The Politics of Social Ecology: Libertarian Municipalism by Janet Biehl. Biehl's previous work looked at the convergence of ecological and feminist thinking 'Rethinking Ecofeminism'. Here she addresses the politics of social ecology, a radical critique of existing society pioneered and developed by political philosopher Murray Bookchin. This is then, a primer on Bookchin's thinking, an essential opening to Social Ecology. The stress here is on the political, rather than the social, anthropological or philosophical aspects of Social Ecology. This is no accident. At the heart of Biehl's analysis is the idea that the ecology movement has largely moved away from the political, increasingly moving towards a purely personal and/or spiritual worldview. This, argues Biehl persuasively, results in an insipid reactionary environmentalism. In opposition to this trend she advocates the radicalisation of the ecology movement, making common cause with other areas of exploitation. We must, she argues, understand the forces which undermine our environment, degrade our experiences and commodify our existence. These forces are the free market capitalist economy perpetuated by the nation state. In opposition to these now universal forces which cause such poverty, and human degradation we must build movements of resistance around municipalities. She argues that, whilst the state has been an imposition of an arcane and insane political order, there is a alternative history of free municipalities. Social Ecology demands the overthrow of the capitalist state and the reconstruction of viable socio-ecological relations. It is markedly different from other ecological outlooks in it refuses to buy into a reactionary technophobic analysis, arguing for appropriate technologies and embracing Enlightenment ideals as being essential to human develeopment. Biehl's book addresses the possibilities of a new politics based on direct democracy of municipal assemblies. Such assemblies would be confederated to wider regional groups who would co-ordinate non-local matters. It's an inspiring vision of a different, ecological future, where a general interest is realised and allows human endeavous to flourish. Social Ecology is a powerful tool for the re-contruction of a left-green movement wallowing in confusion, indulging in psychobabble and spiritual hokum and deluded by political compromise. Janet Biehl's book is a brilliant analysis of alternatives to this dead end.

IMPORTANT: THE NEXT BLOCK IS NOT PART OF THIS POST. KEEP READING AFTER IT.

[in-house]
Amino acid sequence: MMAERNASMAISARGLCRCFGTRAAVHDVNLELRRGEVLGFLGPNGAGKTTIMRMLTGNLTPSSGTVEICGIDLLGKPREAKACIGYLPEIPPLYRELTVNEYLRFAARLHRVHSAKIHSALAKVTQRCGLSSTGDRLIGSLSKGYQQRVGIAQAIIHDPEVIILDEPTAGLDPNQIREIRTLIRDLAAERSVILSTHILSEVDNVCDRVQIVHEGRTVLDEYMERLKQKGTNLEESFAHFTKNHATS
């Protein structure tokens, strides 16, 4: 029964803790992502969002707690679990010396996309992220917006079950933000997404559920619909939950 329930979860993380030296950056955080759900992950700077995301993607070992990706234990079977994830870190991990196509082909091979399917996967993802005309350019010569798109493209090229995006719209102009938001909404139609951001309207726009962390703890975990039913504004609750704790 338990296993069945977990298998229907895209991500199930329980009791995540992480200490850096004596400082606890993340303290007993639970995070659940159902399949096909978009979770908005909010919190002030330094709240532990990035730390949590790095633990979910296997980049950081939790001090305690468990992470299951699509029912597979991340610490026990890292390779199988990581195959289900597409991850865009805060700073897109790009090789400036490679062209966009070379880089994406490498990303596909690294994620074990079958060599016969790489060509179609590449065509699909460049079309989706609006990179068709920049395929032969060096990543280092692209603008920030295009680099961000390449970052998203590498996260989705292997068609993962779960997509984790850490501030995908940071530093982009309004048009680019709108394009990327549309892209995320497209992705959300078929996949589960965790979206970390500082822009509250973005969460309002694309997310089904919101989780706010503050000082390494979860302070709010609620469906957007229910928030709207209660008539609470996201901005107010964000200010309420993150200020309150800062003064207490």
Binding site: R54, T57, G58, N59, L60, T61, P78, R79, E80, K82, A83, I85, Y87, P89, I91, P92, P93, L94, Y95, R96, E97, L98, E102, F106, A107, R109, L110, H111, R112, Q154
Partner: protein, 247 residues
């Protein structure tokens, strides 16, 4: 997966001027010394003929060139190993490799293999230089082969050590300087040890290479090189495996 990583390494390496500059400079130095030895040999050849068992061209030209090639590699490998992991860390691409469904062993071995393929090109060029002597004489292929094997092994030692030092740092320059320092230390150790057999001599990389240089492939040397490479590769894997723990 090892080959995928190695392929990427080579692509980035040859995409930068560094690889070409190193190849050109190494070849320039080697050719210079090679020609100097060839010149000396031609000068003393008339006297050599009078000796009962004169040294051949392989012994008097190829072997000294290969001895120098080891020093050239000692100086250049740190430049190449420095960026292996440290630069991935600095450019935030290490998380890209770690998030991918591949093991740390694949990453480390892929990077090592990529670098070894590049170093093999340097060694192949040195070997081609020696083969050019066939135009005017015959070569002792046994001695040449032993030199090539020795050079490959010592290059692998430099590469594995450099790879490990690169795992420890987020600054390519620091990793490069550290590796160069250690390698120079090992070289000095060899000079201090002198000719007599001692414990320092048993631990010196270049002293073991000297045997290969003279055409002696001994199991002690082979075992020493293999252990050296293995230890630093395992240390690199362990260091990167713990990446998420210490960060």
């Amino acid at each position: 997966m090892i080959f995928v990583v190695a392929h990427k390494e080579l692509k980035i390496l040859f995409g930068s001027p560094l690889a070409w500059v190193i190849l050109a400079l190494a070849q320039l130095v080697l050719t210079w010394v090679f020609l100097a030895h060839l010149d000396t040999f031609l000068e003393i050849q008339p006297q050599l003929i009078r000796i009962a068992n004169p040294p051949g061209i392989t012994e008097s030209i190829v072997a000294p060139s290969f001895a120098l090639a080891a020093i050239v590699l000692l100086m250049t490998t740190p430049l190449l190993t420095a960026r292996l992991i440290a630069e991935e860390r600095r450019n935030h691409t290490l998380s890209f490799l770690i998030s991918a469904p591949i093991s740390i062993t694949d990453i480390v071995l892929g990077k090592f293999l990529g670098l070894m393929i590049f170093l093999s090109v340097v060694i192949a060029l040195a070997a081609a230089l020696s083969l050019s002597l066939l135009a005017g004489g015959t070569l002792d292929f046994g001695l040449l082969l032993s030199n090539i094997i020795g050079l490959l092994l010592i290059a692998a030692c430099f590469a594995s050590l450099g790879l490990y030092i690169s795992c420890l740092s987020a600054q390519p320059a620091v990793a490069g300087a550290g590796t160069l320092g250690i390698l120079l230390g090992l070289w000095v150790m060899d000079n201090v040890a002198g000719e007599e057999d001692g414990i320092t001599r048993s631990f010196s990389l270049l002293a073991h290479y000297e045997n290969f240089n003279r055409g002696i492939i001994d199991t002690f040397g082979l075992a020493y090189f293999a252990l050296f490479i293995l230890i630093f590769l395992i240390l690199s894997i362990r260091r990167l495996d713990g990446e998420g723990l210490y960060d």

Is there an alternative to the State?

The aim of the book -as expressed during the introduction by its author Janet Biehl- is to divulge the ideas of Murray Bookchin, already published in different books and articles, but sometimes hard to find or to read to the common people. With a short trip through human history, Bookchin shows us that the State has not always existed (and, of course, that it has not to exist for ever). What's more, he maintains that the State as a form of organisation has been an imposition of a part of the people, not a free choice of the majority --and that actual political class tries to keep away the common people from the political arena, converting them just in "voters" and "taxpayers". There has been alternatives to the State, all of them with a main thing in common: its origin in the municipality. From here, Bookchin extracts the main theses of the book: the municipality is the right place --and maybe the unique-- where people can start to radicalise the democracy in order to get direct democracy. The book goes on describing the process libertarian people must follow to get at libertarian municipalities: the way they have to organise, the way they have to take decisions, the way they have to participate in the actual "political" live, the dangers they will have to confront (with an interesting Green's movement analysis), etc.. If some times the book seems too simple, we must arrive to the interview with M. Bookchin. This is the place where many questions appeared through the text find its answer. An essential complement, the interview gives to the book the necessary end. A light in the night!